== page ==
Detecting arrow key presses in JavaScript


How do I detect when one of the arrow keys are pressed? I used this to find out:

function checkKey(e) {
    var event = window.event ? window.event : e;
    console.log(event.keyCode)
}

Though it worked for every other key, it didn't for arrow keys (maybe because the browser is supposed to scroll on these keys by default).

Arrow keys are only triggered by onkeydown, not onkeypress.

The keycodes are:

  • left = 37
  • up = 38
  • right = 39
  • down = 40

On key up and down call function. There are different codes for each key.

document.onkeydown = checkKey;

function checkKey(e) {

    e = e || window.event;

    if (e.keyCode == '38') {
        // up arrow
    }
    else if (e.keyCode == '40') {
        // down arrow
    }
    else if (e.keyCode == '37') {
       // left arrow
    }
    else if (e.keyCode == '39') {
       // right arrow
    }

}

Possibly the tersest formulation:

document.onkeydown = function(e) {
    switch (e.keyCode) {
        case 37:
            alert('left');
            break;
        case 38:
            alert('up');
            break;
        case 39:
            alert('right');
            break;
        case 40:
            alert('down');
            break;
    }
};

Demo (thanks to user Angus Grant): http://jsfiddle.net/angusgrant/E3tE6/

This should work cross-browser. Leave a comment if there is a browser where it does not work.

There are other ways to get the key code (e.which, e.charCode, and window.event instead of e), but they should not be necessary. You can try most of them out at http://www.asquare.net/javascript/tests/KeyCode.html. Note that event.keycode does not work with onkeypress in Firefox, but it does work with onkeydown.


event.key === "ArrowRight"...

More recent and much cleaner: use event.key. No more arbitrary number codes! If you are transpiling or know your users are all on modern browsers, use this!

node.addEventListener('keydown', function(event) {
    const key = event.key; // "ArrowRight", "ArrowLeft", "ArrowUp", or "ArrowDown"
});

Verbose Handling:

switch (event.key) {
    case "ArrowLeft":
        // Left pressed
        break;
    case "ArrowRight":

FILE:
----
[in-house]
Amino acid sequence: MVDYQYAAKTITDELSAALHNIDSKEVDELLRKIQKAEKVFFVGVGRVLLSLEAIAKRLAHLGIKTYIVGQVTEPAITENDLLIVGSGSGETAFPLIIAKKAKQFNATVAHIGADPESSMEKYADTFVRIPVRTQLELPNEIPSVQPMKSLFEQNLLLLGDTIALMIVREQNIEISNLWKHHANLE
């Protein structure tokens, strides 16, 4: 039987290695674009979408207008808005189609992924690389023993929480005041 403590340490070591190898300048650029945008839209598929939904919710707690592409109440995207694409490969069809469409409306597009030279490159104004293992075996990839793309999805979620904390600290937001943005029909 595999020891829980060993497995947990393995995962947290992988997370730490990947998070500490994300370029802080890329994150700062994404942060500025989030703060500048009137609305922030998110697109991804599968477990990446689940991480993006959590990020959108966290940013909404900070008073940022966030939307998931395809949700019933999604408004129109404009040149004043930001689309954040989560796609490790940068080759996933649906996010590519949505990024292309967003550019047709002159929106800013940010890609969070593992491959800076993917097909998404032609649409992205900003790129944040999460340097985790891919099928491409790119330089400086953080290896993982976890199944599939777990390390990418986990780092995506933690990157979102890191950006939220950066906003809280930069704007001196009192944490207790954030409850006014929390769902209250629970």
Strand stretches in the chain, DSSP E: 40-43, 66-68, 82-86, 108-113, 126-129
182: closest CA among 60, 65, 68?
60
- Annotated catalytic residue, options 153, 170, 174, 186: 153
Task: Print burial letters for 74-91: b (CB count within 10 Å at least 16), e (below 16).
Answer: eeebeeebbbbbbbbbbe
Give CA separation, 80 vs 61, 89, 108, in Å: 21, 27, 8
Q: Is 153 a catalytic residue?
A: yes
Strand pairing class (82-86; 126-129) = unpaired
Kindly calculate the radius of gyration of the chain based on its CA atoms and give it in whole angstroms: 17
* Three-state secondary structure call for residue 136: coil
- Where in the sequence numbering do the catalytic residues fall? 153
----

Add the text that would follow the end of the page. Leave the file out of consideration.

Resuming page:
// Right pressed
        break;
    case "ArrowUp":
        // Up pressed
        break;
    case "ArrowDown":
        // Down pressed
        break;
}

You can easily extend this to check for "w", "a", "s", "d", or any other key

Mozilla Docs

Supported Browsers

P.S. event.code is the same for arrows


Use keydown, not keypress for non-printable keys such as arrow keys:

function checkKey(e) {
    e = e || window.event;
    alert(e.keyCode);
}

document.onkeydown = checkKey;

The best JavaScript key event reference I've found (beating the pants off quirksmode, for example) is here: http://unixpapa.com/js/key.html


Modern answer since keyCode is now deprecated in favor of key:

document.onkeydown = function (e) {
    switch (e.key) {
        case 'ArrowUp':
            // up arrow
            break;
        case 'ArrowDown':
            // down arrow
            break;
        case 'ArrowLeft':
            // left arrow
            break;
        case 'ArrowRight':
            // right arrow
    }
};

function checkArrowKeys(e){
    var arrs= ['left', 'up', 'right', 'down'], 
    key= window.event? event.keyCode: e.keyCode;
    if(key && key>36 && key<41) alert(arrs[key-37]);
}
document.onkeydown= checkArrowKeys;

Here's an example implementation:

var targetElement = $0 || document.body;

function getArrowKeyDirection (keyCode) {
  return {
    37: 'left',
    39: 'right',
    38: 'up',
    40: 'down'
  }[keyCode];
}

function isArrowKey (keyCode) {
  return !!getArrowKeyDirection(keyCode);
}

targetElement.addEventListener('keydown', function (event) {
  var direction,
      keyCode = event.keyCode;

  if (isArrowKey(keyCode)) {
    direction = getArrowKeyDirection(keyCode);

    console.log(direction);
  }
});

I believe the most recent method would be:

document.addEventListener("keydown", function(event) {
  event.preventDefault();
  const key = event.key; // "ArrowRight", "ArrowLeft", "ArrowUp", or "ArrowDown"
  switch (key) { // change to event.key to key to use the above variable
    case "ArrowLeft":
      // Left pressed
      <do something>
      break;
    case "ArrowRight":
      // Right pressed
      <do something>
      break;
    case "ArrowUp":
      // Up pressed
      <do something>
      break;
    case "ArrowDown":
      // Down pressed
      <do something>
      break;
  }
});

This assumes the developer wants the code to be active anywhere on the page and the client should ignore any other key presses. Eliminate the event.preventDefault(); line if keypresses, including those caught by this handler should still be active.


Here's how I did it:

var leftKey = 37, upKey = 38, rightKey = 39, downKey = 40;
var keystate;
document.addEventListener("keydown", function (e) {
    keystate[e.keyCode] = true;
});
document.addEventListener("keyup", function (e) {
    delete keystate[e.keyCode];
});

if (keystate[leftKey]) {